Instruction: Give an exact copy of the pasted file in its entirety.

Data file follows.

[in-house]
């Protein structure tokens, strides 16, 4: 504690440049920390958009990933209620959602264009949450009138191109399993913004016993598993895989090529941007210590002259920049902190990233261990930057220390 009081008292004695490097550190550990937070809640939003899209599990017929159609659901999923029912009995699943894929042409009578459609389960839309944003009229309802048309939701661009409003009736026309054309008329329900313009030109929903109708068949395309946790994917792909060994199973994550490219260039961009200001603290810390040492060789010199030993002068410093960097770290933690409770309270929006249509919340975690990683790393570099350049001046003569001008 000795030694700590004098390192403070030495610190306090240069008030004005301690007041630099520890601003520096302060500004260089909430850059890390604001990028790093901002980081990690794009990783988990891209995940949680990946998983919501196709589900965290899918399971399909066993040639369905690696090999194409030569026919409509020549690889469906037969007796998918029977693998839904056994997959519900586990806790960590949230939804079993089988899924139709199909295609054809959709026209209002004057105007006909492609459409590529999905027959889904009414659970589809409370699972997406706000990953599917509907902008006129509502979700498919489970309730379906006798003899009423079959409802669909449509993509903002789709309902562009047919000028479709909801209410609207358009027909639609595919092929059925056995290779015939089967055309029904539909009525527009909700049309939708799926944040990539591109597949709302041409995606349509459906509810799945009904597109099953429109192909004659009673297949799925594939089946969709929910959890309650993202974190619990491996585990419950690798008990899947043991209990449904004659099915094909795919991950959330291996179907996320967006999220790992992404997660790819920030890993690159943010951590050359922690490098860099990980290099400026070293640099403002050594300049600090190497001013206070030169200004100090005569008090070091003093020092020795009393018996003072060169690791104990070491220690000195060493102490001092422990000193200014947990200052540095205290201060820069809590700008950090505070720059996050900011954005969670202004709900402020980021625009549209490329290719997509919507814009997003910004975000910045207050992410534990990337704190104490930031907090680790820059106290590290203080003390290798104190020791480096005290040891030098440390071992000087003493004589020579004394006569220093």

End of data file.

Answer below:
[in-house]
């Protein structure tokens, strides 16, 4: 504690440049920390958009990933209620959602264009949450009138191109399993913004016993598993895989090529941007210590002259920049902190990233261990930057220390 009081008292004695490097550190550990937070809640939003899209599990017929159609659901999923029912009995699943894929042409009578459609389960839309944003009229309802048309939701661009409003009736026309054309008329329900313009030109929903109708068949395309946790994917792909060994199973994550490219260039961009200001603290810390040492060789010199030993002068410093960097770290933690409770309270929006249509919340975690990683790393570099350049001046003569001008 000795030694700590004098390192403070030495610190306090240069008030004005301690007041630099520890601003520096302060500004260089909430850059890390604001990028790093901002980081990690794009990783988990891209995940949680990946998983919501196709589900965290899918399971399909066993040639369905690696090999194409030569026919409509020549690889469906037969007796998918029977693998839904056994997959519900586990806790960590949230939804079993089988899924139709199909295609054809959709026209209002004057105007006909492609459409590529999905027959889904009414659970589809409370699972997406706000990953599917509907902008006129509502979700498919489970309730379906006798003899009423079959409802669909449509993509903002789709309902562009047919000028479709909801209410609207358009027909639609595919092929059925056995290779015939089967055309029904539909009525527009909700049309939708799926944040990539591109597949709302041409995606349509459906509810799945009904597109099953429109192909004659009673297949799925594939089946969709929910959890309650993202974190619990491996585990419950690798008990899947043991209990449904004659099915094909795919991950959330291996179907996320967006999220790992992404997660790819920030890993690159943010951590050359922690490098860099990980290099400026070293640099403002050594300049600090190497001013206070030169200004100090005569008090070091003093020092020795009393018996003072060169690791104990070491220690000195060493102490001092422990000193200014947990200052540095205290201060820069809590700008950090505070720059996050900011954005969670202004709900402020980021625009549209490329290719997509919507814009997003910004975000910045207050992410534990990337704190104490930031907090680790820059106290590290203080003390290798104190020791480096005290040891030098440390071992000087003493004589020579004394006569220093």